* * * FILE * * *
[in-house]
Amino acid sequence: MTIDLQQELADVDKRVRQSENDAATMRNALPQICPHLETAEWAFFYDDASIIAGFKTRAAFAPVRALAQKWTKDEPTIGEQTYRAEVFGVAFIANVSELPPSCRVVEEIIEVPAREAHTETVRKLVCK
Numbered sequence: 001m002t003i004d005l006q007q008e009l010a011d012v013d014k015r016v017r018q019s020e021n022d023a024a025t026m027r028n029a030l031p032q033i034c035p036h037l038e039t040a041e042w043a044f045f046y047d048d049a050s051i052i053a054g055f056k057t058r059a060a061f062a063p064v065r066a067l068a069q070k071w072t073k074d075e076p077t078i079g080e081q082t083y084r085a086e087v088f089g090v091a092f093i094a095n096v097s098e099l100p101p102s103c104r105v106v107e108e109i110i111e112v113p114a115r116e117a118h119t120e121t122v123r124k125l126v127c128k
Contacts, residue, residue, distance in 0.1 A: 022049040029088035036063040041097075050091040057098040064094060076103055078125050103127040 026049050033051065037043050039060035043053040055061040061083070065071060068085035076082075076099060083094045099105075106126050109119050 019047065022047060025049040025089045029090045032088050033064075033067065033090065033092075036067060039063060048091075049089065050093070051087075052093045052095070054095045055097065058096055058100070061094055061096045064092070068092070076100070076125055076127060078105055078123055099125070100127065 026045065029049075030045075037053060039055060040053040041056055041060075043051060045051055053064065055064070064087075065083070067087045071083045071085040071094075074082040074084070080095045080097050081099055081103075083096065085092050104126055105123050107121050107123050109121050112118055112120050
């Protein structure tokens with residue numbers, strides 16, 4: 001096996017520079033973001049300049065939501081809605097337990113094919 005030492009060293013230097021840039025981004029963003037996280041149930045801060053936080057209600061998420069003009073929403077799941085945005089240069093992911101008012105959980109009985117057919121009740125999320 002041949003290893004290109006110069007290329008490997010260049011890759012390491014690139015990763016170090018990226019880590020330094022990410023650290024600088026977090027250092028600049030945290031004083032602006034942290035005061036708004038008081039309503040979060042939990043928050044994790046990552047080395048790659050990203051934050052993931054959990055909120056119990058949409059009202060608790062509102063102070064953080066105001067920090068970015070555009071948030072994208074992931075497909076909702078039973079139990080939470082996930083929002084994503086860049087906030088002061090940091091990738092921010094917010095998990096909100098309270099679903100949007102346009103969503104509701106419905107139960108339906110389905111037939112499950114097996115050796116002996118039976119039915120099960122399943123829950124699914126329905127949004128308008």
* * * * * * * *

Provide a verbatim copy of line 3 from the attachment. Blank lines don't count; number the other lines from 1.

Numbered sequence: 001m002t003i004d005l006q007q008e009l010a011d012v013d014k015r016v017r018q019s020e021n022d023a024a025t026m027r028n029a030l031p032q033i034c035p036h037l038e039t040a041e042w043a044f045f046y047d048d049a050s051i052i053a054g055f056k057t058r059a060a061f062a063p064v065r066a067l068a069q070k071w072t073k074d075e076p077t078i079g080e081q082t083y084r085a086e087v088f089g090v091a092f093i094a095n096v097s098e099l100p101p102s103c104r105v106v107e108e109i110i111e112v113p114a115r116e117a118h119t120e121t122v123r124k125l126v127c128k